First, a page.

Originally Posted by RamblerGuy
The generator makes 120 volt AC. Your convertor converts 120 volts AC to the 12 volts DC to charge your batteries and to supply the lights, refrigerator controls, fans, etc.
The battery charging rate is limited by your convertor capacity. For example, the generator on our Class C is rated for 4000 watts, which is 33 amps at 120 volts. The convertor is rated for 55 amps at 12 volts, which is 660 watts. The batteries will be charged with whatever 12 volt DC power is left after supplying the lights, etc.
While true on the surface, it is misleading when you imply all available power left after what you are using in the camper goes to charge the battery.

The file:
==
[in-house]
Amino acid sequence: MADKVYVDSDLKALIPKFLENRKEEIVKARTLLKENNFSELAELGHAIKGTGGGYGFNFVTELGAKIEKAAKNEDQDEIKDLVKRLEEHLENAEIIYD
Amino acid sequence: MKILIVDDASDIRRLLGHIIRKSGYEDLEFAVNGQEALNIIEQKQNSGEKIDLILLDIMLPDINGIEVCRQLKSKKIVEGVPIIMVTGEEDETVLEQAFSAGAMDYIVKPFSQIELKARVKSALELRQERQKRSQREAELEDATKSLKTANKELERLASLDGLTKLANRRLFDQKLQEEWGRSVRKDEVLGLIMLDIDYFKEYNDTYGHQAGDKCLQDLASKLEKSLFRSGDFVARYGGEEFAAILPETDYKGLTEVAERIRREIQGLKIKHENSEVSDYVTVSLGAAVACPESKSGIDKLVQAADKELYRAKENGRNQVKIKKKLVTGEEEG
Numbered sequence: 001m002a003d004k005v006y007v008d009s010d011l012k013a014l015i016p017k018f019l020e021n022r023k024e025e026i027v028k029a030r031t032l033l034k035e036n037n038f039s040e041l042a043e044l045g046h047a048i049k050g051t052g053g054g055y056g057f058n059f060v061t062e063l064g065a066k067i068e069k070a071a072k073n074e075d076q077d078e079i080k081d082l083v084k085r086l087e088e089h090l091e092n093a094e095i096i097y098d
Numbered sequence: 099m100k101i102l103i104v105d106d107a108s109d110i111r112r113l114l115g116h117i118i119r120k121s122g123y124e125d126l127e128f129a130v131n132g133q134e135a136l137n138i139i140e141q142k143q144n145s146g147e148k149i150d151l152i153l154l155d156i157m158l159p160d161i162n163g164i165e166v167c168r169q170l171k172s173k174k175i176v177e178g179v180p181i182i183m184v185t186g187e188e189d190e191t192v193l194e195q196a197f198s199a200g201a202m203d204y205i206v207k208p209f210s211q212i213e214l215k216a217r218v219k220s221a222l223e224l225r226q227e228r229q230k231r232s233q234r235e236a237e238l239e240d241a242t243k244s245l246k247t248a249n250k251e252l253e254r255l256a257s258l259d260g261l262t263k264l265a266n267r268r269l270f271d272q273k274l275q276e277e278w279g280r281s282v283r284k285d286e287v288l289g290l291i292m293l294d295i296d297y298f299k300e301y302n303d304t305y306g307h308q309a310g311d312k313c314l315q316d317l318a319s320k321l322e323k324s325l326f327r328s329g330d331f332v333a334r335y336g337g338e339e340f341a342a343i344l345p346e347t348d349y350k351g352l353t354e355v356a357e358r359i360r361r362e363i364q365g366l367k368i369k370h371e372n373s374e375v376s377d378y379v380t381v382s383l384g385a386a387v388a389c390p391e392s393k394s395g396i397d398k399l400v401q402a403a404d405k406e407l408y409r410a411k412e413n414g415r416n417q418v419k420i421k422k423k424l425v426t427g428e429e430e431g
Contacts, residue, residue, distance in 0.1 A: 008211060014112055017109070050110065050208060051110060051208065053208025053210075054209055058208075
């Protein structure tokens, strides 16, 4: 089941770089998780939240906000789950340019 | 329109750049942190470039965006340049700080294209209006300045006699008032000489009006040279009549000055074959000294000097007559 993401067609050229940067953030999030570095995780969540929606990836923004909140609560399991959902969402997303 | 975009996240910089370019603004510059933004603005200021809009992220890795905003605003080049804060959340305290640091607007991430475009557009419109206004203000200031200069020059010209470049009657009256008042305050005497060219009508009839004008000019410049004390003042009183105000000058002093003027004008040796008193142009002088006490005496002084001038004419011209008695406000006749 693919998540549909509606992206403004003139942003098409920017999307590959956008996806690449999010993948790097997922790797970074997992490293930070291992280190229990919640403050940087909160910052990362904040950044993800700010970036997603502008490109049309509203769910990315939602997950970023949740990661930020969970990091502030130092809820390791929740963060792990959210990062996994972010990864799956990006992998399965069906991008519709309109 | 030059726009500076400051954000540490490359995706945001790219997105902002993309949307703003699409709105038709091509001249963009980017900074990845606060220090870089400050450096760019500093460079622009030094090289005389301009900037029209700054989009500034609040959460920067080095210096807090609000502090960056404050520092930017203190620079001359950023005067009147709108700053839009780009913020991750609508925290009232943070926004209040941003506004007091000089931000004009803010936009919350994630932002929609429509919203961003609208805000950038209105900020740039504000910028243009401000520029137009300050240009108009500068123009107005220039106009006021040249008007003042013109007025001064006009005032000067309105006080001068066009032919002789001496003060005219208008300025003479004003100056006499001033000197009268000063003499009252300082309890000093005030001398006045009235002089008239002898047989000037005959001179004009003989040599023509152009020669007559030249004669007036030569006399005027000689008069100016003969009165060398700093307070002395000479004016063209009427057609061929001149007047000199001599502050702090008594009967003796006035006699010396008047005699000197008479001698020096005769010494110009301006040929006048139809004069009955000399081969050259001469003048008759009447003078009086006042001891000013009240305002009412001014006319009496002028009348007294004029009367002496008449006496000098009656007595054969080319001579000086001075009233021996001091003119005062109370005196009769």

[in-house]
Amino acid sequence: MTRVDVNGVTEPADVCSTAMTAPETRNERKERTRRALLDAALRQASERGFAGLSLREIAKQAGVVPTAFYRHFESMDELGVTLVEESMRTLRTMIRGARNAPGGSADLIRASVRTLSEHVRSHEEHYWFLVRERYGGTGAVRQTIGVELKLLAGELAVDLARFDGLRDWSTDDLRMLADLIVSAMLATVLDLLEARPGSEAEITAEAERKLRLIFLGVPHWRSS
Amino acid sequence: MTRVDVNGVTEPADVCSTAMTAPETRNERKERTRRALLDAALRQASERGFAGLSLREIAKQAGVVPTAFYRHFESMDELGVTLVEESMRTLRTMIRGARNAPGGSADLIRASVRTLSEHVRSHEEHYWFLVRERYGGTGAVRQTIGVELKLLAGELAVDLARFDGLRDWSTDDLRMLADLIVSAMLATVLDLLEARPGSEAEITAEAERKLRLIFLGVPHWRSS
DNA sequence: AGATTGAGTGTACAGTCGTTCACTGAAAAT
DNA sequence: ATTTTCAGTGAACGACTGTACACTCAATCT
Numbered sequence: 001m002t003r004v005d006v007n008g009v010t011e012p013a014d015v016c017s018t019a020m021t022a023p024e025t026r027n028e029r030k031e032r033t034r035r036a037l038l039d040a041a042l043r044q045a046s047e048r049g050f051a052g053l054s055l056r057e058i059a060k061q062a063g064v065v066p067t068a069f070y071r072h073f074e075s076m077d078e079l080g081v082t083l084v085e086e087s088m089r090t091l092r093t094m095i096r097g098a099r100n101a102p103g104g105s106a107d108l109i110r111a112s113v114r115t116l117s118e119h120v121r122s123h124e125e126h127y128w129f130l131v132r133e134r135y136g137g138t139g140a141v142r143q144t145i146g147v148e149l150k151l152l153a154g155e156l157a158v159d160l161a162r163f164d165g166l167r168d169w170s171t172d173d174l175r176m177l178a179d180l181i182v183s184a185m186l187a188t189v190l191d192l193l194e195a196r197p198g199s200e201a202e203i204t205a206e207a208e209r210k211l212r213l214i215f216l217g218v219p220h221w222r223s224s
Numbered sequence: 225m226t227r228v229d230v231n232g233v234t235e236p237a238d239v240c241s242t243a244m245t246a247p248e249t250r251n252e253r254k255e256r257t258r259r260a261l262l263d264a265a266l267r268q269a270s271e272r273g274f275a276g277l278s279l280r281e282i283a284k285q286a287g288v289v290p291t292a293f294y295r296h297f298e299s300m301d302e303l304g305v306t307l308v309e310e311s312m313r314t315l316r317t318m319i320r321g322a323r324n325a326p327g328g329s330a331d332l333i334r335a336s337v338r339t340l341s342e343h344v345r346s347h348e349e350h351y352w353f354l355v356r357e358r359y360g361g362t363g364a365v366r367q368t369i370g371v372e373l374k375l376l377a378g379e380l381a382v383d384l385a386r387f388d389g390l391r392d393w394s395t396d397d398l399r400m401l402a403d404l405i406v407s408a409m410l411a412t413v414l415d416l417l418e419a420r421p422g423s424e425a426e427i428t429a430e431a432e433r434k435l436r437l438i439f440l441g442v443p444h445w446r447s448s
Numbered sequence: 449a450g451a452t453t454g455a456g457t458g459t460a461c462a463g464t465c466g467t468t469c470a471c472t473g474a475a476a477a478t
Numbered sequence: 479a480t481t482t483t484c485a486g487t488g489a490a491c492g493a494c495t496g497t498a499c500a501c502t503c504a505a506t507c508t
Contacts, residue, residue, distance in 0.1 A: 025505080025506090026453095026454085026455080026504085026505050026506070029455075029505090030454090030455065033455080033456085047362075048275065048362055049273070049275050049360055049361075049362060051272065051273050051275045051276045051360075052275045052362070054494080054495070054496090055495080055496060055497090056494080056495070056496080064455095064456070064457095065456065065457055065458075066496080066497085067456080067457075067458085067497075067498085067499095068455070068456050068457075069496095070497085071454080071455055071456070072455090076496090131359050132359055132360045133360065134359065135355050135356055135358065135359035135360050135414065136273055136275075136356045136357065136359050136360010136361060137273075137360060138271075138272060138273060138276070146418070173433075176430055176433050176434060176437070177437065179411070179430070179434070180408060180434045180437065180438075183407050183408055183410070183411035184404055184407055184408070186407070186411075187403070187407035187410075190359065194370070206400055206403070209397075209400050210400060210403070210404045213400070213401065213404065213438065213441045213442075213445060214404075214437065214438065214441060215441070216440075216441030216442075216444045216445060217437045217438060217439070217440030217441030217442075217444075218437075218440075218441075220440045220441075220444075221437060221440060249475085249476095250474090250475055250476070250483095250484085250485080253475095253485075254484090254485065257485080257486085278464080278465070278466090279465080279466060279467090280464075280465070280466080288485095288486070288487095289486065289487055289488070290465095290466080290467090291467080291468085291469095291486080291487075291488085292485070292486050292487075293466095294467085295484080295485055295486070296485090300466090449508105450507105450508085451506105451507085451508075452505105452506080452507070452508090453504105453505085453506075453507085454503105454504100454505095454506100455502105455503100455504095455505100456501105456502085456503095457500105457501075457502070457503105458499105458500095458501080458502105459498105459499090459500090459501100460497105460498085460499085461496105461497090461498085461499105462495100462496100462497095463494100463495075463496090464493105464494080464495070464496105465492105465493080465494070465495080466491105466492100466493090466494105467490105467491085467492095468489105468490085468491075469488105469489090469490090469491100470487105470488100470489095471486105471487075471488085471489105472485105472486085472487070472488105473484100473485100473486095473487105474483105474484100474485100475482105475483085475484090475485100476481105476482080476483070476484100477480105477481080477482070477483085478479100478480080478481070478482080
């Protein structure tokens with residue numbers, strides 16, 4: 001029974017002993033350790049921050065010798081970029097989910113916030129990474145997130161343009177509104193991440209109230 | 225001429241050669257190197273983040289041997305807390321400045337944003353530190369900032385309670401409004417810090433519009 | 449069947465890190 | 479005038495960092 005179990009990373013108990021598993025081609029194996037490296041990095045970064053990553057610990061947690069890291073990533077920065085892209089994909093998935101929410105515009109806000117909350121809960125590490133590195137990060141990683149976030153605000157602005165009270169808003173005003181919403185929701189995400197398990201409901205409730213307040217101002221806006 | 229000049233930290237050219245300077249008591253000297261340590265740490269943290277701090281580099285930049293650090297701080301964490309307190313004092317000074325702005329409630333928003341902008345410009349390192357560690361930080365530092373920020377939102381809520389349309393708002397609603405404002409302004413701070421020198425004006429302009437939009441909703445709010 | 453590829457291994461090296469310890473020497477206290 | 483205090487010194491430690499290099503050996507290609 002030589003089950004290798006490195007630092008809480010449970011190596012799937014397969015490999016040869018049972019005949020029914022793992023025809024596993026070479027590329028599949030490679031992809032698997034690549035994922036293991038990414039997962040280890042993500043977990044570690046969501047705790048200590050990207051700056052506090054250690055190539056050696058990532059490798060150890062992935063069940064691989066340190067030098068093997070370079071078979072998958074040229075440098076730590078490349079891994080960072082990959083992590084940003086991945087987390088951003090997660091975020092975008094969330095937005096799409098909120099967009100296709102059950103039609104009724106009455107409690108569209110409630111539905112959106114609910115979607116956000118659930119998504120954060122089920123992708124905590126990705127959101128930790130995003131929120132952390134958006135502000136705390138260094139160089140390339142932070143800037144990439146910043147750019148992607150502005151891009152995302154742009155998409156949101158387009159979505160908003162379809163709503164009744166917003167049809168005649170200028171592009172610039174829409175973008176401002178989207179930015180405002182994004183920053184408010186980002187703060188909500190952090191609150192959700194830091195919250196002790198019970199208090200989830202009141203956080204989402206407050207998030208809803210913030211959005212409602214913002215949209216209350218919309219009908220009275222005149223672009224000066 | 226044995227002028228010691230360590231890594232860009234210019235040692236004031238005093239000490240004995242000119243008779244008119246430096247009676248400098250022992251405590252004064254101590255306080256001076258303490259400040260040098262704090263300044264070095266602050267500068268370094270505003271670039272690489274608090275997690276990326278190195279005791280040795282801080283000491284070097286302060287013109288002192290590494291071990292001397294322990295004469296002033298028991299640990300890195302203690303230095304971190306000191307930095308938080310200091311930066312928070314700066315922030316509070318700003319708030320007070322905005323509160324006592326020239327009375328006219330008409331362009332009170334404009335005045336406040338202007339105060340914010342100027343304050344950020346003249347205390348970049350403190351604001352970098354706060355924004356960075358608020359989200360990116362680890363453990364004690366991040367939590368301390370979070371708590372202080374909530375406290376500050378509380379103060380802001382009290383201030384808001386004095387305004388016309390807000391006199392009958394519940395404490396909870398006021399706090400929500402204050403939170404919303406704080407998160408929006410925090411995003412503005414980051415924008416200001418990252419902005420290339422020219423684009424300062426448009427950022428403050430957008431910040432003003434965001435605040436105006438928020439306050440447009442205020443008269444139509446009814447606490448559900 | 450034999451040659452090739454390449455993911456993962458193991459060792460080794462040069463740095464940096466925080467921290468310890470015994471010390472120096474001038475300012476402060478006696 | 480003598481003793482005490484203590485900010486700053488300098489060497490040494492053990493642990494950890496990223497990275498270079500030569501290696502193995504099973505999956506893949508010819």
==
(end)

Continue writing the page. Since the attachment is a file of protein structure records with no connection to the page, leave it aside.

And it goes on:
It does not. The charging circuits in the converter are "staged" and the converter reduces the charging "power" available to the battery by stages based on the charge level detected by converter.
The initial charging current for a very low battery (below 50%) is about 25 amps during the "Bulk Mode" first stage which could take about an hour depending on how badly depleted the battery is; then drops to about 8 amps during "Absorption Mode" which could take many hours to "soak" the electrons deep into the thick lead plates. Absorption Mode lasts until the battery capacity reaches 90%.
Then the final stage is a trickle charger (called "FLOAT Mode") that only provides about 100 - 800 (as it "tops off" over a few days) milliamps of charge regardless of camper power consumption to prevent battery boiling.
Lou and Laura with Bella - German Short Hair Pointer
2008 GMC Sierra 2500HD Crewcab SB Allison Duramax
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